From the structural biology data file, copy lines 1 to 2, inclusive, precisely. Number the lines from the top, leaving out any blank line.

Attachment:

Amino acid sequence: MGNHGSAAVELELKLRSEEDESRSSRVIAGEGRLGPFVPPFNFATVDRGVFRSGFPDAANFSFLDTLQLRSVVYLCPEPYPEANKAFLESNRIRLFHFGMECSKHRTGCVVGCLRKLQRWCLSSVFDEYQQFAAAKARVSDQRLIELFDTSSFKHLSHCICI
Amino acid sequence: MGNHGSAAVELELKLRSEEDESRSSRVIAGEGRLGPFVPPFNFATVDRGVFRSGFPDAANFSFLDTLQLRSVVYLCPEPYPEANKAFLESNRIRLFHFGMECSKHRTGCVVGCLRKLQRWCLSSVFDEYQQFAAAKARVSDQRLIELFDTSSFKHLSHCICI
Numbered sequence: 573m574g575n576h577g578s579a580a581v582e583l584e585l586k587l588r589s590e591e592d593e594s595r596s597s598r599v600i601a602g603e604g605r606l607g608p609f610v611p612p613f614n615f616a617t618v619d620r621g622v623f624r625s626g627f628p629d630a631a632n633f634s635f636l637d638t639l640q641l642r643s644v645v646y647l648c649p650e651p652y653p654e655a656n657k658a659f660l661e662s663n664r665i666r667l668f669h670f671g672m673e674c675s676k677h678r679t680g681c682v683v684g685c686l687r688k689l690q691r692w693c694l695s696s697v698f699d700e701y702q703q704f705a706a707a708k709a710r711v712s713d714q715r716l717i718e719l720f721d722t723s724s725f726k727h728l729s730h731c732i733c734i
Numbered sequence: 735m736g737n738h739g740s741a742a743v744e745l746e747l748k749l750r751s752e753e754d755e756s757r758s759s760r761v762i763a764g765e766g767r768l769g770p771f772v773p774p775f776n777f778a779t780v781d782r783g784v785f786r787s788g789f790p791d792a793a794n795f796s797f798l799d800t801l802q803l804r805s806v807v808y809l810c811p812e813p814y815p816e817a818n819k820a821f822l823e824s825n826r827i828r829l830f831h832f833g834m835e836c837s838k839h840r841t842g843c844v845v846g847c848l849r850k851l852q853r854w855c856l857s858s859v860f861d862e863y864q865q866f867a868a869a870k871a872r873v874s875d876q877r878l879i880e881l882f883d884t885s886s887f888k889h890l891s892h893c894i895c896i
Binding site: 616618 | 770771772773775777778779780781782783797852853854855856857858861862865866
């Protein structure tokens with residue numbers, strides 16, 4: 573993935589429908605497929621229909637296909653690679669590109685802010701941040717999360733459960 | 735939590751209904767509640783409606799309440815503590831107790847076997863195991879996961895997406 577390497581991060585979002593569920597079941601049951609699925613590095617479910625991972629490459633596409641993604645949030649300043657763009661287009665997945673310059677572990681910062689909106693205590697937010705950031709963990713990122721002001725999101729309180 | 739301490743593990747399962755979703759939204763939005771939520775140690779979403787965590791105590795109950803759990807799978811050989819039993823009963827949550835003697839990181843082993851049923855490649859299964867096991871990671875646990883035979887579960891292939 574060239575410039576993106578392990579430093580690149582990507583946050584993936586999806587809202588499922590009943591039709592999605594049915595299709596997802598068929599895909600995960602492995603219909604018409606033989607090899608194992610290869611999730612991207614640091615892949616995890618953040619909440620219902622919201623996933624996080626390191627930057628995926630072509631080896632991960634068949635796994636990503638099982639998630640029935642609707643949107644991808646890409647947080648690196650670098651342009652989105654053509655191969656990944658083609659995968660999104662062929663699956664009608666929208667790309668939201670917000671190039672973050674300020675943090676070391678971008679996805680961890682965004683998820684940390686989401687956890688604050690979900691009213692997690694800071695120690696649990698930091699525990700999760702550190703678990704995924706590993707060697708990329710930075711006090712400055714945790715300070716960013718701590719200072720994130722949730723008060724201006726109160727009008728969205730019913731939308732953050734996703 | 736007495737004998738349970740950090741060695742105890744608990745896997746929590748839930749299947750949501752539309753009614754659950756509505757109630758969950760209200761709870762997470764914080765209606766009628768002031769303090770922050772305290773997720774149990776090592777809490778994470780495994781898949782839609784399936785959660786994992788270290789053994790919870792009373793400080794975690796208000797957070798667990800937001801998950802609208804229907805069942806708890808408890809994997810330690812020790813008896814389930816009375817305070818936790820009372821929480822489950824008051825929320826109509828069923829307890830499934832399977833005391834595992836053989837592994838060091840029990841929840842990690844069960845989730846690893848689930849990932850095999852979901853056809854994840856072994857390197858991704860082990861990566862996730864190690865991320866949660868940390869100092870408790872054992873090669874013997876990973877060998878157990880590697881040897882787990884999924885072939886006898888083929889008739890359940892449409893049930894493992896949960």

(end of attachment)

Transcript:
Amino acid sequence: MGNHGSAAVELELKLRSEEDESRSSRVIAGEGRLGPFVPPFNFATVDRGVFRSGFPDAANFSFLDTLQLRSVVYLCPEPYPEANKAFLESNRIRLFHFGMECSKHRTGCVVGCLRKLQRWCLSSVFDEYQQFAAAKARVSDQRLIELFDTSSFKHLSHCICI
Amino acid sequence: MGNHGSAAVELELKLRSEEDESRSSRVIAGEGRLGPFVPPFNFATVDRGVFRSGFPDAANFSFLDTLQLRSVVYLCPEPYPEANKAFLESNRIRLFHFGMECSKHRTGCVVGCLRKLQRWCLSSVFDEYQQFAAAKARVSDQRLIELFDTSSFKHLSHCICI